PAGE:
A tuition freeze for half of Okanagan College’s students is getting strong marks. On Tuesday, the college’s board decided not to increase tuition fees that are more than 10 per cent above the provincial average for similar programs. “We were mildly surprised,” said Eric Reist, Kalamalka Campus Students Association general manager. “The college is showing great restraint. It’s encouraging to see.” Lance Kayfish Among those students that will not pay more are those in arts and business courses. The remaining half of the college’s students will see tuition climb by about two per cent in 2010/11 based on provincial policies tying tuition to the rate of inflation. “We understand fiscal realities and it’s better to have smaller, incremental increases than a large increase five years down the road,” said Reist.
Okanagan College officials say the decision to freeze tuition for many classes was based on a consultation process. “We’ve heard a well-articulated concern from students that our tuition should be comparable to similar schools in the province,” said Lance Kayfish, board chairman, in a release. “This decision, along with last year’s decision to freeze all tuition fees, continues to move Okanagan College in that direction.” Domestic students in adult basic education, adult special education and English as a second language courses pay no tuition. They account for 20 per cent of the students in the valley-wide college system. Many students in trades, engineering technology and health programs will face an increase in the coming year as a result of the new budget. But even with the board’s most recent decisions, Reist says post-secondary education remains an expensive proposition for many North Okanagan residents. “The students association operates a food bank for students struggling to put food on the table for themselves and their families,” he said.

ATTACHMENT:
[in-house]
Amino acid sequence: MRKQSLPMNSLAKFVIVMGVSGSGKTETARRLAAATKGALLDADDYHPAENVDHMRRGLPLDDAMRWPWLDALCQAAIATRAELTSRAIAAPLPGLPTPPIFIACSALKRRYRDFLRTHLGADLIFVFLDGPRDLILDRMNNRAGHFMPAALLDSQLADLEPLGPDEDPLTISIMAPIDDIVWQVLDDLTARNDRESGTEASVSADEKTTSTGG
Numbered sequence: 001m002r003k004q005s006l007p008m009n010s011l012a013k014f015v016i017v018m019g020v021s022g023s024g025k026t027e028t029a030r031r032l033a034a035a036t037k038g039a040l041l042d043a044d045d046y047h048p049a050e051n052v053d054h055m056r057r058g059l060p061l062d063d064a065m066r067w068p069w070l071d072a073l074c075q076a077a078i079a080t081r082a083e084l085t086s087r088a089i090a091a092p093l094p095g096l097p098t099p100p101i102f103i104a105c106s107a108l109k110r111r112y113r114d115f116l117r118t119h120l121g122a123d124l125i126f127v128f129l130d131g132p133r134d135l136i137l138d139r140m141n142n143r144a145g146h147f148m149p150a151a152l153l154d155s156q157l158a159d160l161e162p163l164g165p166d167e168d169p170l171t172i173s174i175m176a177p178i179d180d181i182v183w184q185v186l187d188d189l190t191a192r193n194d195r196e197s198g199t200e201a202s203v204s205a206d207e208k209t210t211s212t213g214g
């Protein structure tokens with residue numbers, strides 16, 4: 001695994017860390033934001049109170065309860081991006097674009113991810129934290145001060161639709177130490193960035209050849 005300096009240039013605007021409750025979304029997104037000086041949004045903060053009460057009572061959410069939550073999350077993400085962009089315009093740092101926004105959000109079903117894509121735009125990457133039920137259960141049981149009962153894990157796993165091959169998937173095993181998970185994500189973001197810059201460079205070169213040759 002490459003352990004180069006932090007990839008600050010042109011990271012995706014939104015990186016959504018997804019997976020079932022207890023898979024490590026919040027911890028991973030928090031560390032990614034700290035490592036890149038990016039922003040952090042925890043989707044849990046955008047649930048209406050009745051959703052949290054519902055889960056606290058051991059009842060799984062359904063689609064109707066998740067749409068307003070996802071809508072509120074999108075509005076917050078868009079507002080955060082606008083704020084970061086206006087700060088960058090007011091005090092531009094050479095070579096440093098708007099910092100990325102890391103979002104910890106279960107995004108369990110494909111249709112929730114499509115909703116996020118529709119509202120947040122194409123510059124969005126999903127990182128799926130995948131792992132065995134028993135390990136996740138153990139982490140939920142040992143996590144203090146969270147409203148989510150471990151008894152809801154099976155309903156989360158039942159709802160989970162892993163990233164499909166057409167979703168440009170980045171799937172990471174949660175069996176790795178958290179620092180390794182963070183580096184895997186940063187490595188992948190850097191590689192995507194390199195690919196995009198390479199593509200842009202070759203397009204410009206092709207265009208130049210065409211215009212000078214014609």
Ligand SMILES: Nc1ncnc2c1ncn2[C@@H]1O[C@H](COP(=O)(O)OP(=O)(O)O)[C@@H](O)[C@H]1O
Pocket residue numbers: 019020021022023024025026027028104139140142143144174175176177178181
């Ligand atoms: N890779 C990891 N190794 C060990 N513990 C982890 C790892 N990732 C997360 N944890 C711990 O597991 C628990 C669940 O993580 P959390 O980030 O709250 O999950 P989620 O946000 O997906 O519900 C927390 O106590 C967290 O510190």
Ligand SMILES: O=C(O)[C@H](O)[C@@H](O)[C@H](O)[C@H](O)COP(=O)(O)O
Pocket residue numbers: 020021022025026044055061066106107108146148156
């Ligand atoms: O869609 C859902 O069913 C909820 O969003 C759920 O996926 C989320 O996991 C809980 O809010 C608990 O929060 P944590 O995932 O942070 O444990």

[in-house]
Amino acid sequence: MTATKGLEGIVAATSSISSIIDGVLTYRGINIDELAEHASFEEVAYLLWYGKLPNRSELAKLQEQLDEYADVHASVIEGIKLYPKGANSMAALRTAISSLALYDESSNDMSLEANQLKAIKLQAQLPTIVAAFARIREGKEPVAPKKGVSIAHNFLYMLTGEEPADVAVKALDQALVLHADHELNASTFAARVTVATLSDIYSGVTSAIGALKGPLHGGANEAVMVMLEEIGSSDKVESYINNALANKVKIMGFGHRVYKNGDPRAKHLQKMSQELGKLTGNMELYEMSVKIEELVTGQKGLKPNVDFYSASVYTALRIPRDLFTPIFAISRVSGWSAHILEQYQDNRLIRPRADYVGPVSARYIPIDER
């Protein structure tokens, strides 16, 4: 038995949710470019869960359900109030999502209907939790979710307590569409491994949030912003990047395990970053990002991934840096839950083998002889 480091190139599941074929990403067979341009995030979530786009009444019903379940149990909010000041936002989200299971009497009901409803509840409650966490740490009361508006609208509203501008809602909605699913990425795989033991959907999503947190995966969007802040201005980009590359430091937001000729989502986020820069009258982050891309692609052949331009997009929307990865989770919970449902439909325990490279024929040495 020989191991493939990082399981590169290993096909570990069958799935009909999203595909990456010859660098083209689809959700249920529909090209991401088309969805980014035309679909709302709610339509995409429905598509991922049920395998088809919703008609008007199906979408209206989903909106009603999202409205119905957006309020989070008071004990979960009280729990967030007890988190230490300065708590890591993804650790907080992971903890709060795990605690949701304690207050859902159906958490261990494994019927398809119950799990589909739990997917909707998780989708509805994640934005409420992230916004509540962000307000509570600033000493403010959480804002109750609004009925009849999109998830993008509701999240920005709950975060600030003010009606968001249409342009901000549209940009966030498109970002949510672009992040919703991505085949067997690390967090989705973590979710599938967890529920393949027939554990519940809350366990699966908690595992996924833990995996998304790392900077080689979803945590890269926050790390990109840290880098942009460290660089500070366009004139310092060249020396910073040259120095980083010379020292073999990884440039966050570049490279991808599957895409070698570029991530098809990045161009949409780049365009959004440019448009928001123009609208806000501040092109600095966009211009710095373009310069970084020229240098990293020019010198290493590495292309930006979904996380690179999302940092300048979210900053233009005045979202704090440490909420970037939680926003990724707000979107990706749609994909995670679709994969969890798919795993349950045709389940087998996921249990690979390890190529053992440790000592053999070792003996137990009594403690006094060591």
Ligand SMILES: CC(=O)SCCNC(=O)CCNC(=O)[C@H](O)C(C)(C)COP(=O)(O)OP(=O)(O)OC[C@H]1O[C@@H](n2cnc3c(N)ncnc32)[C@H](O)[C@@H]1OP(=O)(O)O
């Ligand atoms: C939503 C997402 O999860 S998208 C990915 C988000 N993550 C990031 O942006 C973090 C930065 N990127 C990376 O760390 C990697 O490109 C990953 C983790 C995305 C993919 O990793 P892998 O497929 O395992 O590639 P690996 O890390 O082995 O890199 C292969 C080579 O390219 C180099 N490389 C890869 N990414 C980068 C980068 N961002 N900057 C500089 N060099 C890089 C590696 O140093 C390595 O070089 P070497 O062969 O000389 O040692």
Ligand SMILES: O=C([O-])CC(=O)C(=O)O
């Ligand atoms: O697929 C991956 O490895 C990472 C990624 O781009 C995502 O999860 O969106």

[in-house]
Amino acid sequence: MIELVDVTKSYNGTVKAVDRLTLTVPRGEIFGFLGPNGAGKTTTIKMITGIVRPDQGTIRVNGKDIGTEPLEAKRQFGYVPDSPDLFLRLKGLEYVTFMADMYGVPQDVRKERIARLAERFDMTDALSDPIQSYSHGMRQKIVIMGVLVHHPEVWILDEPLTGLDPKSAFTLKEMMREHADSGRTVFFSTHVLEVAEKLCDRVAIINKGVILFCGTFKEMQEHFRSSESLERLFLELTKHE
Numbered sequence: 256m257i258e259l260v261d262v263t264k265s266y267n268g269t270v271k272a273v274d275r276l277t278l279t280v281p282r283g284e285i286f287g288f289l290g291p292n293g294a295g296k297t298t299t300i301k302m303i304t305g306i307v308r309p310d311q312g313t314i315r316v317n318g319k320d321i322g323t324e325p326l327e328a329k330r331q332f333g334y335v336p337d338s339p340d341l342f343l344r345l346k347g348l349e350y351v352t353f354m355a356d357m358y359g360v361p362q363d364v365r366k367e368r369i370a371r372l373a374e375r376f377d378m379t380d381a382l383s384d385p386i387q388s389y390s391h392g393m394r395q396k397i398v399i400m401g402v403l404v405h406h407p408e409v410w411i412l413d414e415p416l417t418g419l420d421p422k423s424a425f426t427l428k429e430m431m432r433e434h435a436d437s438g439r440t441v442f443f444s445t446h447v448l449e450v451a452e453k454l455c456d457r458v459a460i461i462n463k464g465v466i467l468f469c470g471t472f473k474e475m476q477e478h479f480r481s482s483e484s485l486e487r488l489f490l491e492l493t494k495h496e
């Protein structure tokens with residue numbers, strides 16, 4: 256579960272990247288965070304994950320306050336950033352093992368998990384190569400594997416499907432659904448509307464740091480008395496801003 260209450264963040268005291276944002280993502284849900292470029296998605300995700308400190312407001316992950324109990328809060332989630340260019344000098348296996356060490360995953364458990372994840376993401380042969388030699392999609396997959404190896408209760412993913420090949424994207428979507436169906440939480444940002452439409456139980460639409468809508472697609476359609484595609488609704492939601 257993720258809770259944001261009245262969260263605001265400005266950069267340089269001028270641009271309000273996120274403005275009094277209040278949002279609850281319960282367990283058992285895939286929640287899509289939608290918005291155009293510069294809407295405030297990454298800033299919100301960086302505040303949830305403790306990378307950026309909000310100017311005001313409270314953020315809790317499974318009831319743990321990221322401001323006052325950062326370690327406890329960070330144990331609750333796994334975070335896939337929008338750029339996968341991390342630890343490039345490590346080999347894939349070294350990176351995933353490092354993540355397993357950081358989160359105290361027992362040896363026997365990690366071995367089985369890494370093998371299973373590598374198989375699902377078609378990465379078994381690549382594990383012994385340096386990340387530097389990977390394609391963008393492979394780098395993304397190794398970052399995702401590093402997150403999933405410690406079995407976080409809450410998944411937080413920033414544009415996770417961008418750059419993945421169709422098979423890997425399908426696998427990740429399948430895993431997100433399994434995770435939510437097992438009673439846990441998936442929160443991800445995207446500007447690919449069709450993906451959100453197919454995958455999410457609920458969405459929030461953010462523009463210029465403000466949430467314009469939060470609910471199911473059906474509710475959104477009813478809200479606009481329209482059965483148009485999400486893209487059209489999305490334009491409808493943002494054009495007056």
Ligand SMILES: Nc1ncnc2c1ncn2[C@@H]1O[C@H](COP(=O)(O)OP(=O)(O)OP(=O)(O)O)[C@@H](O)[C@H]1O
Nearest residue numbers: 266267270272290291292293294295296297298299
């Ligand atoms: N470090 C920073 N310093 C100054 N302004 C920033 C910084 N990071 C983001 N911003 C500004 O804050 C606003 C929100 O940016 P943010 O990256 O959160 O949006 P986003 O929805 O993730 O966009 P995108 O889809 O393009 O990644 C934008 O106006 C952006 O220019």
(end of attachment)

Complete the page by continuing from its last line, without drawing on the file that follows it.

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A8 Friday, April 2, 2010 - The Morning Star
Opinion Search units deserve certainty
Karen Hill – Publisher Glenn Mitchell – Managing Editor
4407 - 25th Ave. Vernon, B.C. V1T 1P5
The North Okanagan’s Community Newspaper Published Sunday, Wednesday, Friday The Morning Star, founded in 1988 as an independent community newspaper, is published each Sunday, Wednesday and Friday morning. Submissions are welcome but we cannot accept responsibility for unsolicited material including manuscripts and pictures which should be accompanied by a stamped, selfaddressed envelope. ENTIRE CONTENTS © 1988 MORNING STAR PUBLICATIONS LTD. ALL RIGHTS RESERVED
Switchboard: 545-3322 E-Mail: firstname.lastname@example.org Web site: www.vernonmorningstar.com Mailing Address: 4407-25th Ave., Vernon, B.C., V1T 1P5 Fax: 542-1510 Publisher Karen Hill 550-7906
Glenn Mitchell 550-7920